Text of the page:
Maybe it was time for me to feel immune to rushes of excitement over my art. After all, having explored many avenues in my painting shouldn't I relax; fall back on what I knew and paint mostly to amuse myself? How wrong could one be?
The other day I happened to pick up a copy of a magazine I once subscribed to. On the whim, I bought it, and I found something in there that immediately spurred my ‘muse’.
I had never realised just how much attention the ‘art trade’ pays to watercolour painting. By comparison, oil painting (which I consider to be the Queen of art media) was getting to be a 'poor relation'. I have nothing against watercolour. I love to use the medium, but I believe that for vibrancy, impact and sheer scale, oil painting takes pole position.
Surprisingly, it is the easier of the two to use. It does take longer to dry, but this means you can come back hours later and make corrections. If you make a big mistake, you can scrape off the colour and repaint. And when it comes to framing there is no need for glazing, which means you can frame the pictures much more speedily. (Incidentally, when I frame an oil, I like a frame which is that bit special. I like to use a large section moulding. Nothing ostentatious, but even for modest sized oils, a bold frame sets your work apart.)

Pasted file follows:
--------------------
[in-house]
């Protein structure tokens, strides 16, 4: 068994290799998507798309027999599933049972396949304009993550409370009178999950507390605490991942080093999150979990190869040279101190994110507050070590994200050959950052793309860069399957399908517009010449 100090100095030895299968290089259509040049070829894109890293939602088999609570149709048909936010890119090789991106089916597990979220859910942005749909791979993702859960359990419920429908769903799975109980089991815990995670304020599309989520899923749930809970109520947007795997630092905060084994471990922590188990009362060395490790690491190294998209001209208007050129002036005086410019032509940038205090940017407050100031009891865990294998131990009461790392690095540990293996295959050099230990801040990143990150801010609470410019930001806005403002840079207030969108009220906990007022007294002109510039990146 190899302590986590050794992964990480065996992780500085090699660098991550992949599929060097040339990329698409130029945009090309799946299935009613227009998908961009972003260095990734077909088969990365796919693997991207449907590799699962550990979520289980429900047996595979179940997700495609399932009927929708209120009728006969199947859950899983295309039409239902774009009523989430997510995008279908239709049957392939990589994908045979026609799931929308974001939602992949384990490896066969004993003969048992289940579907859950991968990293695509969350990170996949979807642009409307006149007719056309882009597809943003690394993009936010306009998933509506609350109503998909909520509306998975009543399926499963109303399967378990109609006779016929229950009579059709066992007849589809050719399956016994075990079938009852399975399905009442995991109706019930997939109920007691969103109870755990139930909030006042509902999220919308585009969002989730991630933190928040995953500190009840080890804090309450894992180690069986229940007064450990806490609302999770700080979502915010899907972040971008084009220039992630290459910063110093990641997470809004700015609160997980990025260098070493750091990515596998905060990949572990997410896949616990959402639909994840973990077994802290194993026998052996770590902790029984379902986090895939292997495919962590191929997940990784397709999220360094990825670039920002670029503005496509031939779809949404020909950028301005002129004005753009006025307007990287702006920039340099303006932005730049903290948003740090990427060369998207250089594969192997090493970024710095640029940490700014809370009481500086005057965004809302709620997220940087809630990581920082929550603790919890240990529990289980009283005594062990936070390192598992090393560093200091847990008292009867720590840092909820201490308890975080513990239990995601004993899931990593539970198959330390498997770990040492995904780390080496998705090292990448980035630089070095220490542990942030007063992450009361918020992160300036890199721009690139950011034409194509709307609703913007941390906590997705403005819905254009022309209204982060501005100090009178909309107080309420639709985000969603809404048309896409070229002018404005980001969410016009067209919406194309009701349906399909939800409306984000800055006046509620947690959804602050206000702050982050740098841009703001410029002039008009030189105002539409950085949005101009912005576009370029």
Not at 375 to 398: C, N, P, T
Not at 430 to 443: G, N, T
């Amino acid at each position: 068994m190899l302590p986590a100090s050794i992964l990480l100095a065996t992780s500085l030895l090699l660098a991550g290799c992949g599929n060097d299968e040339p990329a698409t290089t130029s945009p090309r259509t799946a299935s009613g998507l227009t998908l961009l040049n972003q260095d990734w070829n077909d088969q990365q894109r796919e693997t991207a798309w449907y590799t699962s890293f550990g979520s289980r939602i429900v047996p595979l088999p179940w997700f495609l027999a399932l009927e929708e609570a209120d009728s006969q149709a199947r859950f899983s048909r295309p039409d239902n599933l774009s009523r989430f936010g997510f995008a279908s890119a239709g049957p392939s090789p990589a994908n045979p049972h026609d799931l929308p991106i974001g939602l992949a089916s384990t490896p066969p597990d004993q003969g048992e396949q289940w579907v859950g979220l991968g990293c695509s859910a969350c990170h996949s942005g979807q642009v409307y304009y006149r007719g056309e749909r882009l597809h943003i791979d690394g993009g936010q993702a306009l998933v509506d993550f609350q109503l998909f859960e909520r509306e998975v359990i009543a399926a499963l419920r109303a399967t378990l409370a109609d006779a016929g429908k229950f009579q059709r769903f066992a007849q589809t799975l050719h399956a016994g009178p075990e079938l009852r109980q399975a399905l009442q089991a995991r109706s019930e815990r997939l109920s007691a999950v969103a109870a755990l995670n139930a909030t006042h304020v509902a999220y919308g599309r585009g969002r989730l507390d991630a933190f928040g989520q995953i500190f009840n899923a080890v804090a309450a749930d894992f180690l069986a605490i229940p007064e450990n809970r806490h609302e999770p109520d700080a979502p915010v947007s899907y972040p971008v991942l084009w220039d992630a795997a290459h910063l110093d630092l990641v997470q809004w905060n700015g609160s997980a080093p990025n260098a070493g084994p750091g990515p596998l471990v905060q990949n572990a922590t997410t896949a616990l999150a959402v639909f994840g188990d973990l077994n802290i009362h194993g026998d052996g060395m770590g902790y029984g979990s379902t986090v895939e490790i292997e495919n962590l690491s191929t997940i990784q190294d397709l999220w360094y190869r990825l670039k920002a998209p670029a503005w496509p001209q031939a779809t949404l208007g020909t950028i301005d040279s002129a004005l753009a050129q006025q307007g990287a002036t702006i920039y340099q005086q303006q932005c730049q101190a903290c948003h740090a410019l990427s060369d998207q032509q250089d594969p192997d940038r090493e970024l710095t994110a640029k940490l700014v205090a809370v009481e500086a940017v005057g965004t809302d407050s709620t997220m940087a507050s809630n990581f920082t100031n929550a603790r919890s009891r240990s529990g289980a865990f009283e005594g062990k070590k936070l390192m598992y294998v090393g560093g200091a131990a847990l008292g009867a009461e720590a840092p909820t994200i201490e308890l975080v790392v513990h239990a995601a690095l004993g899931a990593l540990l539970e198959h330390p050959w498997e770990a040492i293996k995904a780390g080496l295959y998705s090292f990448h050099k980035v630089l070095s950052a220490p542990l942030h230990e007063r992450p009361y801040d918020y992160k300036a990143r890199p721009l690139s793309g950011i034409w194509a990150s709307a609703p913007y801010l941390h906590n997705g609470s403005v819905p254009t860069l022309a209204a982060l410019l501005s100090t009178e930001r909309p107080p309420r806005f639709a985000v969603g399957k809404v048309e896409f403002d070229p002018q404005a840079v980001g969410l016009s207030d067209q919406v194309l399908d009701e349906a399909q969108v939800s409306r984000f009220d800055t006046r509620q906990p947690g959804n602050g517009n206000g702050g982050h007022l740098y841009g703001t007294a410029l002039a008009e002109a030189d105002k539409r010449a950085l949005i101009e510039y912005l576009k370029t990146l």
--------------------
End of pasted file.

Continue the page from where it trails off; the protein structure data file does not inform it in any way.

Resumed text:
As for the smell of turpentine, well today there are water based oils. We can also use low-odour thinners. I don't mind the old fashioned way, and the smell of genuine turpentine is one of the things about oil painting that fires up my inspiration. So I am going bold with my oils and freeing up my brush.
I’ve seen the light… and I am having go at painting it.
A Work in Progress:
Black Rock Sands, North Wales.